We live in magical times when you can spin up a Linux machine for less than $5/mo. For the average individual, the power of that machine is unimaginable (when used efficiently). Unfortunately, this creates an illusion where things are cheap.
That $5/mo machine could power thousands of games, and you could turn that $5 into way more than $5 with a reasonable business model. You will have to, since there is a human cost for managing that $5/mo machine as machines fail. But, what happens when the revenue dips below the $5 + human cost? The game is shutdown, and a core group of fans are disenfranchised. You need not look further than archive.org to know that people generally have a hard time letting go of things.
Fixing this requires a new type of cloud which amortizes both the machine and human cost down. Furthermore, if the cost of a game can be driven so low, then investments could be leveraged to convert the ongoing cost to a single up-front payment.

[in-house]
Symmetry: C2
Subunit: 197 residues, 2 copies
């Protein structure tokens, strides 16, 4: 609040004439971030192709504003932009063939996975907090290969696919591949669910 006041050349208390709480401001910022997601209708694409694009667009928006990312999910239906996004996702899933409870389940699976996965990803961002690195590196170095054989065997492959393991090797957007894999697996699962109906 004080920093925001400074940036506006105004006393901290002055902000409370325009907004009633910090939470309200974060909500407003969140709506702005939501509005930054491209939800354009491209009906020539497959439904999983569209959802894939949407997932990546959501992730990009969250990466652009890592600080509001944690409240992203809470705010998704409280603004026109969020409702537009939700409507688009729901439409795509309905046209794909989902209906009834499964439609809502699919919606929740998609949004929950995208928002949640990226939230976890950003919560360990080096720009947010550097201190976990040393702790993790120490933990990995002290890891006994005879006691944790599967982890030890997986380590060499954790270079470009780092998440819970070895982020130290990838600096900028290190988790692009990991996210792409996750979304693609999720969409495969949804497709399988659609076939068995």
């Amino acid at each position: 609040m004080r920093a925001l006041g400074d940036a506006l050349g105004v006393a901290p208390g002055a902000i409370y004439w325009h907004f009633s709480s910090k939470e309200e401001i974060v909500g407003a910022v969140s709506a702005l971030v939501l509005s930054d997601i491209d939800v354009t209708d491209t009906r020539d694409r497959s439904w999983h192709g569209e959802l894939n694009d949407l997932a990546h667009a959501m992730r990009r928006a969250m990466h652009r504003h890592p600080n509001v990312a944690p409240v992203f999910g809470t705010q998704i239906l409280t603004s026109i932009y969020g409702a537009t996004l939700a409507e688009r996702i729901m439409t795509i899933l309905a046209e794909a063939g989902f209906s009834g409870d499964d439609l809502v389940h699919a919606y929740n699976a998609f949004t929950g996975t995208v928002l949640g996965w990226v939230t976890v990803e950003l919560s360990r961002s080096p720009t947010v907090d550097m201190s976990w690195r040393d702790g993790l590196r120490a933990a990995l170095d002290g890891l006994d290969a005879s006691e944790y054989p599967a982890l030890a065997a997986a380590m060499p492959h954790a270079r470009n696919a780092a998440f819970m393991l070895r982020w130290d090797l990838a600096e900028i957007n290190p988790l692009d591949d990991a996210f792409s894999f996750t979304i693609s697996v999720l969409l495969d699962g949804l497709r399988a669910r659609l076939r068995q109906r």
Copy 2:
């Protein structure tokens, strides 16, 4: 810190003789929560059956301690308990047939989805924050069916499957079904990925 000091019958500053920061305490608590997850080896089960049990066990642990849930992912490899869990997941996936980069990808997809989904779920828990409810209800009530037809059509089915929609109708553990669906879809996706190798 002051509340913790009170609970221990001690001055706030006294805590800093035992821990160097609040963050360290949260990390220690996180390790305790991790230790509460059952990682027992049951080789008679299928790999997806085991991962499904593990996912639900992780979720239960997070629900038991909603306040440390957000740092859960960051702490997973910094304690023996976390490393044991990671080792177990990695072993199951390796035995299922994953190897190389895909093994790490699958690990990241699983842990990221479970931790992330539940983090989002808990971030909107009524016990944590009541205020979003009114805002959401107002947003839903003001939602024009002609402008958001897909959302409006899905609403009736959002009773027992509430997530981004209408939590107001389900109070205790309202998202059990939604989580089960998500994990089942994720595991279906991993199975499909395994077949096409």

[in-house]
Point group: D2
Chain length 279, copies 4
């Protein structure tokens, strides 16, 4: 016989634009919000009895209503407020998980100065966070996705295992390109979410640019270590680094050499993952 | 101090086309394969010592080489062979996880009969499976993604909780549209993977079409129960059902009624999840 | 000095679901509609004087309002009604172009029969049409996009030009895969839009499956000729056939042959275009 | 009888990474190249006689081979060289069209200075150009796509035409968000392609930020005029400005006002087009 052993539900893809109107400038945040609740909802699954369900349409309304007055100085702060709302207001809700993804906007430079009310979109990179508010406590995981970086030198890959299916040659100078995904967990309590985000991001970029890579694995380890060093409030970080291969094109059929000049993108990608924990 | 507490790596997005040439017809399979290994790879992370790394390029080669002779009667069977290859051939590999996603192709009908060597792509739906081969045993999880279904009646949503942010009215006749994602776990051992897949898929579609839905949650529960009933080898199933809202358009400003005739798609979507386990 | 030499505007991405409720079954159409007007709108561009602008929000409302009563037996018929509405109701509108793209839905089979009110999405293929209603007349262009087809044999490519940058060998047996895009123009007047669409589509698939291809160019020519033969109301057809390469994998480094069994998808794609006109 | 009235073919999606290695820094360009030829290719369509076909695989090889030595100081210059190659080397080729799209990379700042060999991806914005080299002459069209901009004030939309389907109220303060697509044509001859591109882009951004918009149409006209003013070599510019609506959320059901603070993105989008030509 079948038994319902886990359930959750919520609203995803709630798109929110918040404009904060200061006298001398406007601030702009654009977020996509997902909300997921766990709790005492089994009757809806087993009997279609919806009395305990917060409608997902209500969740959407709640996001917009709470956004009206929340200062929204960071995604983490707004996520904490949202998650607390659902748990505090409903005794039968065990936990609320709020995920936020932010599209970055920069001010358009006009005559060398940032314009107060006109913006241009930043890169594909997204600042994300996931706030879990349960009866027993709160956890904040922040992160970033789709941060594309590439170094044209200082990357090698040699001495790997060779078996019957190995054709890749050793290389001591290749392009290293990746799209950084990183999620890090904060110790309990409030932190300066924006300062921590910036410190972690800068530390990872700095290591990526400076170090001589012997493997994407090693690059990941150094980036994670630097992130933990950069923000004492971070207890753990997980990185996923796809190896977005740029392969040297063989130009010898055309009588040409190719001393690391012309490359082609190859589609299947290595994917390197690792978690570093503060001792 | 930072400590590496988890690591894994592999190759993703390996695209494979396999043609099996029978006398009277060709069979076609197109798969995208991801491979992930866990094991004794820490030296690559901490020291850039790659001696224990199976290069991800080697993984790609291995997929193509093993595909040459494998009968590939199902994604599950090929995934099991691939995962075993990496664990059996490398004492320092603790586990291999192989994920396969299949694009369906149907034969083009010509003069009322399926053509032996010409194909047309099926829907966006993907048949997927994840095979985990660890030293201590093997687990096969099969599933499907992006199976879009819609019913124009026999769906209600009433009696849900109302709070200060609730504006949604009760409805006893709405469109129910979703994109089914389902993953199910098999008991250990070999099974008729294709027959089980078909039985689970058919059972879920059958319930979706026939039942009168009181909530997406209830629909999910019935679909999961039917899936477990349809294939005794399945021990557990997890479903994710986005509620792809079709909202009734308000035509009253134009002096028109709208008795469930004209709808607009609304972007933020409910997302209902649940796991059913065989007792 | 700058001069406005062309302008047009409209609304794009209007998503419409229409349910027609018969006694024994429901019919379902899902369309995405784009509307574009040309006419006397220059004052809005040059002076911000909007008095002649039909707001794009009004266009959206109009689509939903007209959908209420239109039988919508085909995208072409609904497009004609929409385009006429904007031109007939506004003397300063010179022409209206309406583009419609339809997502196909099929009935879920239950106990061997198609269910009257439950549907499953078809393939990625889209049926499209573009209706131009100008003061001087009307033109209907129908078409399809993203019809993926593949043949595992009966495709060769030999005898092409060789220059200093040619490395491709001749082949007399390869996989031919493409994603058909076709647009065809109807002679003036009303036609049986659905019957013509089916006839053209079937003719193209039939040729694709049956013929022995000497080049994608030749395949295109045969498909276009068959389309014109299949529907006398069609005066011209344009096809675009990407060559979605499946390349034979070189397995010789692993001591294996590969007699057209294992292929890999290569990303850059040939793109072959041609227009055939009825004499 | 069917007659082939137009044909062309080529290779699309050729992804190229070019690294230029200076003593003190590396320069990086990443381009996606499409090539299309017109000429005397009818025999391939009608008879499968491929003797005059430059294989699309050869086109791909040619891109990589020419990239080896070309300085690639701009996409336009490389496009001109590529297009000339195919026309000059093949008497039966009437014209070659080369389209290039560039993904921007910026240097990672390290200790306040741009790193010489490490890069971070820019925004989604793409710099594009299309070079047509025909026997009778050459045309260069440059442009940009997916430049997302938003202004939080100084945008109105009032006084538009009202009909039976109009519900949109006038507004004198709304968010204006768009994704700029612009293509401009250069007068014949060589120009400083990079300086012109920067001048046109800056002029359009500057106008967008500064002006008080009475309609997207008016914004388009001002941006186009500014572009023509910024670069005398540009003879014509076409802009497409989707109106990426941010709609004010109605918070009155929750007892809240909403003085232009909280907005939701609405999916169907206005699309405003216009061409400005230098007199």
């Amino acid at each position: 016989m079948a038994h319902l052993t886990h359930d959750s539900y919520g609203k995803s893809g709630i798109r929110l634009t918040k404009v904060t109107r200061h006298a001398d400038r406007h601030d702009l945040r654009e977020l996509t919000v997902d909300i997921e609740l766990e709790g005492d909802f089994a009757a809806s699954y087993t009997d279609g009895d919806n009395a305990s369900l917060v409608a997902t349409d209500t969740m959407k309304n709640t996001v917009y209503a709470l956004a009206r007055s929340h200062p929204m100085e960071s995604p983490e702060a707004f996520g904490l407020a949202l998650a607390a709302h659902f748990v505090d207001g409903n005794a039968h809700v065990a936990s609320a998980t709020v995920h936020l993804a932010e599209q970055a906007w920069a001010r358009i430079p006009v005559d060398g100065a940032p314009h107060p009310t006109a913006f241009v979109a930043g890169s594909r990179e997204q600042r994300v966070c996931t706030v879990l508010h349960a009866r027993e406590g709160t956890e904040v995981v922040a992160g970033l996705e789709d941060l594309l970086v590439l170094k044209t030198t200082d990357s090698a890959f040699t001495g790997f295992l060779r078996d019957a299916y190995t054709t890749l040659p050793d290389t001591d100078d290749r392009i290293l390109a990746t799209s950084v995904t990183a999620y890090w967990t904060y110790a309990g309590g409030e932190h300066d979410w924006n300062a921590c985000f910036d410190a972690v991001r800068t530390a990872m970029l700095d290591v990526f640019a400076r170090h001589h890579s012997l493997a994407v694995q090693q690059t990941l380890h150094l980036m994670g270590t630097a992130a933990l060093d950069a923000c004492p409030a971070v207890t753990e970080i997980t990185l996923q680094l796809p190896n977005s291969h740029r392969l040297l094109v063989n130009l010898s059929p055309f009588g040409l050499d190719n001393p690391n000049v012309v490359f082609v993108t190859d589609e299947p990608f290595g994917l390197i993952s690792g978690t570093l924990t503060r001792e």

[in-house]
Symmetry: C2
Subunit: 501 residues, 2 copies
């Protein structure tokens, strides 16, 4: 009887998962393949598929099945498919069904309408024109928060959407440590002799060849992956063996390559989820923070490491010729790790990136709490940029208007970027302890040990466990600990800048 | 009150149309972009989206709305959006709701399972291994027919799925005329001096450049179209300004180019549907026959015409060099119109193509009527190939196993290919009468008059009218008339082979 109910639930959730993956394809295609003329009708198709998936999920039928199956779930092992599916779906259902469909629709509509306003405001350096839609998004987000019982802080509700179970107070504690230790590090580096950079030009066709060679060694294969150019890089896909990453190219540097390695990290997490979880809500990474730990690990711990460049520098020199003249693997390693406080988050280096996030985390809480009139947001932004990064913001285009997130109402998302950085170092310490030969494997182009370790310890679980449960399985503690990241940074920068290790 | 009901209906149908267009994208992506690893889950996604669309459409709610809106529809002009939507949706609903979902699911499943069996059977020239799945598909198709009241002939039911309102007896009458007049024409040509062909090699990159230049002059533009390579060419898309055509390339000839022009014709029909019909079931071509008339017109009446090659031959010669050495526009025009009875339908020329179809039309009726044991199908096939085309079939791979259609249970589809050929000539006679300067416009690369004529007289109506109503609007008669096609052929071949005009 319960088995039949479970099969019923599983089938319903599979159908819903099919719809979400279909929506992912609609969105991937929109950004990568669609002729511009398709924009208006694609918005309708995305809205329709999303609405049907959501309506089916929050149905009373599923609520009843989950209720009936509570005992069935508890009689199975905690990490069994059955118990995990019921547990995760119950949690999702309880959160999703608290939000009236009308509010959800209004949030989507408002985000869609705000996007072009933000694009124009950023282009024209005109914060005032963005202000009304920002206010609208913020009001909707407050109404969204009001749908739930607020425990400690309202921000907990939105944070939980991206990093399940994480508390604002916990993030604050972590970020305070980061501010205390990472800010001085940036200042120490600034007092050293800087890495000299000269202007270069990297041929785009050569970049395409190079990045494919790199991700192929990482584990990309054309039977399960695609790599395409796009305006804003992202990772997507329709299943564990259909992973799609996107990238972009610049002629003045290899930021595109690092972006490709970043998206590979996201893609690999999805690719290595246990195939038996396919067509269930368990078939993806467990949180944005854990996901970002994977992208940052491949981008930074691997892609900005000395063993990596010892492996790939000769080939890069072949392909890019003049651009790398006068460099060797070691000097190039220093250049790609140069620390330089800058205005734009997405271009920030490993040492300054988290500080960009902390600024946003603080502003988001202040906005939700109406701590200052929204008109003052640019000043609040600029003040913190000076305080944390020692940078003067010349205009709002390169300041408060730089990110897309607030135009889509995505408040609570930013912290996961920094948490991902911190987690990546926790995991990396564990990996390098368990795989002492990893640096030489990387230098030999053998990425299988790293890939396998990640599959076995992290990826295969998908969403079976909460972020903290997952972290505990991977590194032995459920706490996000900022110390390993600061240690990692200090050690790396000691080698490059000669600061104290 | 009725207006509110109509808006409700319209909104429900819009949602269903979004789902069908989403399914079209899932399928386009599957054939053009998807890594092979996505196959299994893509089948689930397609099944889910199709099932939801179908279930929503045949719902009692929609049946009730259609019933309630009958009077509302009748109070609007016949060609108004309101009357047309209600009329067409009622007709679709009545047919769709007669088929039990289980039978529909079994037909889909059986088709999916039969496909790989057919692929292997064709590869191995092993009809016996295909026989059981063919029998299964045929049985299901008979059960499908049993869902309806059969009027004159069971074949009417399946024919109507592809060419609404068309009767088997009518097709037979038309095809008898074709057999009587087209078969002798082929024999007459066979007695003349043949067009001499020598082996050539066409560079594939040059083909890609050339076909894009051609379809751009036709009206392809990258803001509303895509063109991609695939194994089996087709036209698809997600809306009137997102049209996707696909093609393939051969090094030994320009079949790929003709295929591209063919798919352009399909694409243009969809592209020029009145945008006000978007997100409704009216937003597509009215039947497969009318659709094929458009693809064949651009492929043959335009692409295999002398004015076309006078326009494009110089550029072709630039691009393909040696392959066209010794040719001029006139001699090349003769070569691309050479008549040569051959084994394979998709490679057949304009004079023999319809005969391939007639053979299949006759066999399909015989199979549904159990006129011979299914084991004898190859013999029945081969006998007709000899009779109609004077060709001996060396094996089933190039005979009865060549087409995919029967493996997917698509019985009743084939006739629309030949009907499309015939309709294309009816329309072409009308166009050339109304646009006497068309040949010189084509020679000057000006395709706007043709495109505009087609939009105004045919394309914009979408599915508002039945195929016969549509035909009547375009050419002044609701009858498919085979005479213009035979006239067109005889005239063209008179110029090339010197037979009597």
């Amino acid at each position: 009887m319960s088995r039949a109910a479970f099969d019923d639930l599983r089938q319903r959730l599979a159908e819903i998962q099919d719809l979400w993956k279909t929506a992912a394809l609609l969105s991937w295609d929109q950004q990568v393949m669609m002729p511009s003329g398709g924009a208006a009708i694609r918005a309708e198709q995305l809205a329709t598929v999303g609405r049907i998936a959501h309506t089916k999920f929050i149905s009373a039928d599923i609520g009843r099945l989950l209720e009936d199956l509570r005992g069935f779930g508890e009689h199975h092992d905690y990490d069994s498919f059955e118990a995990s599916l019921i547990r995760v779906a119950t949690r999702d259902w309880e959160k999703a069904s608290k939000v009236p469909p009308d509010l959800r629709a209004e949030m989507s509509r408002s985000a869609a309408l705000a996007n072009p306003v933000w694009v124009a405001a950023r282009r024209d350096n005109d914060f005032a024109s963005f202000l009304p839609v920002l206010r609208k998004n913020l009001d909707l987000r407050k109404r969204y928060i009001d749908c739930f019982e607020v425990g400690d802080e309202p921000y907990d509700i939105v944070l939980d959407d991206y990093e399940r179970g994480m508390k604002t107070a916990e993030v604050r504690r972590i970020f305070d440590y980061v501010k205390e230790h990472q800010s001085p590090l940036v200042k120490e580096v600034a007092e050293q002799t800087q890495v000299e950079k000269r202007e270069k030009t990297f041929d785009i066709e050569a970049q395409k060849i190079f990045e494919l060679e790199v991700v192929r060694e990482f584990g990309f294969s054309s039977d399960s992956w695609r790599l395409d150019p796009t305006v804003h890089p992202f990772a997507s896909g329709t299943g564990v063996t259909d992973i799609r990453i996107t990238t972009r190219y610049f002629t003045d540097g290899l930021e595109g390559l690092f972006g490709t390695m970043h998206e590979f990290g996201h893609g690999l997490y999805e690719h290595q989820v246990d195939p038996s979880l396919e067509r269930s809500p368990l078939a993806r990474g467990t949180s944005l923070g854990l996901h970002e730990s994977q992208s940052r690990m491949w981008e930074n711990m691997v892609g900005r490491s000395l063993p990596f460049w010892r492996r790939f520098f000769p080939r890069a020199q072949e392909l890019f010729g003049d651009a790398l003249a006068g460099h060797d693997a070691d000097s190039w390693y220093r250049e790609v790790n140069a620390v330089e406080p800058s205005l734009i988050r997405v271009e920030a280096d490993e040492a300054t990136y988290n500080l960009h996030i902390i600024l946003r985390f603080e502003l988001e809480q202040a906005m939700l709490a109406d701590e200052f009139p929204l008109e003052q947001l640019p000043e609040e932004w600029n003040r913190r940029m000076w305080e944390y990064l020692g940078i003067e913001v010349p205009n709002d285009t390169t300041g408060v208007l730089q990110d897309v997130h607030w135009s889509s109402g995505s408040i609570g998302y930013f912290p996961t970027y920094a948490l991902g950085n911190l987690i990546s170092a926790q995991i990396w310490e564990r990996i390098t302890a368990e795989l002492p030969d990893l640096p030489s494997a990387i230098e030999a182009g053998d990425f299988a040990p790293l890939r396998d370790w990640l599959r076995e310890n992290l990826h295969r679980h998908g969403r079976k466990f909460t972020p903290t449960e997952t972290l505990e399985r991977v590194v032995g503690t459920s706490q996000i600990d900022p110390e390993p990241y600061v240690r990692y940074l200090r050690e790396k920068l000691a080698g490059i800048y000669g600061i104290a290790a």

Let's look at Amazon S3 as a model. As of 4/11/2020, Amazon S3 charges $0.023/mo per gigabyte. For modeling purposes, let's use $0.15/mo which was the price in 2010. Furthermore, embrace pessimism and assume there exists an investment vehicle which will only be able to guarantee 1% in a year forever. For the low up-front cost of $180 ($0.15 * 12 / 0.01), a single gigabyte could exist for as long as Amazon S3 exists.
This $180 price tags feels reasonable for an important document, but a gigabyte is a lot of data. A board game at an extreme maximum may use 100KB of storage. This represents paying two cents to keep that board game's source code alive forever.
Sadly, Amazon S3 only provides storage. This is where Adama comes into the picture for compute. Adama allows a storage service to perform arbitrary-enough compute. In essence, Adama is the spark that turns dead durable storage into lively durable compute storage.
What this means is that not only will the code for a game be able to live forever, but also players will be able to play any game ever written in Adama forever. Future players will still be on the hook to pay for playing a game, but the cost of a single game now is already ridiculously cheap if you can leverage a $5/month machine to run thousands of distinct games.